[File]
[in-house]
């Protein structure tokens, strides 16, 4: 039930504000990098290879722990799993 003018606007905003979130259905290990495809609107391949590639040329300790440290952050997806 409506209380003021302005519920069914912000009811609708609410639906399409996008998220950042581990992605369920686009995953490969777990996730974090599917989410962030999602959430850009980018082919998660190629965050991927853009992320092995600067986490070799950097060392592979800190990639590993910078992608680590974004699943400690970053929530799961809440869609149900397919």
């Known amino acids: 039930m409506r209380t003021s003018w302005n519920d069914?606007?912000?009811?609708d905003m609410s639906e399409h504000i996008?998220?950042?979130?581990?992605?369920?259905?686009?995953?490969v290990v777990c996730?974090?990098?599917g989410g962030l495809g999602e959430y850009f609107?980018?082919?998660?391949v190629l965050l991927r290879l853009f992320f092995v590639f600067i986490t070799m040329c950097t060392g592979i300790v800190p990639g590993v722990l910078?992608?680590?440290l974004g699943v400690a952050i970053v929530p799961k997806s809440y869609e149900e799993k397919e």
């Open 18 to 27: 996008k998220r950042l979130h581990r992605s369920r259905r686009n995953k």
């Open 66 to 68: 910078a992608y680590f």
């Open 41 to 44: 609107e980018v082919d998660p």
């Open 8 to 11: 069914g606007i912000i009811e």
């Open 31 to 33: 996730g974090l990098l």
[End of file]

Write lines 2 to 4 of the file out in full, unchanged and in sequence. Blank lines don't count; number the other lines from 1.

């Protein structure tokens, strides 16, 4: 039930504000990098290879722990799993 003018606007905003979130259905290990495809609107391949590639040329300790440290952050997806 409506209380003021302005519920069914912000009811609708609410639906399409996008998220950042581990992605369920686009995953490969777990996730974090599917989410962030999602959430850009980018082919998660190629965050991927853009992320092995600067986490070799950097060392592979800190990639590993910078992608680590974004699943400690970053929530799961809440869609149900397919």
């Known amino acids: 039930m409506r209380t003021s003018w302005n519920d069914?606007?912000?009811?609708d905003m609410s639906e399409h504000i996008?998220?950042?979130?581990?992605?369920?259905?686009?995953?490969v290990v777990c996730?974090?990098?599917g989410g962030l495809g999602e959430y850009f609107?980018?082919?998660?391949v190629l965050l991927r290879l853009f992320f092995v590639f600067i986490t070799m040329c950097t060392g592979i300790v800190p990639g590993v722990l910078?992608?680590?440290l974004g699943v400690a952050i970053v929530p799961k997806s809440y869609e149900e799993k397919e």
């Open 18 to 27: 996008k998220r950042l979130h581990r992605s369920r259905r686009n995953k």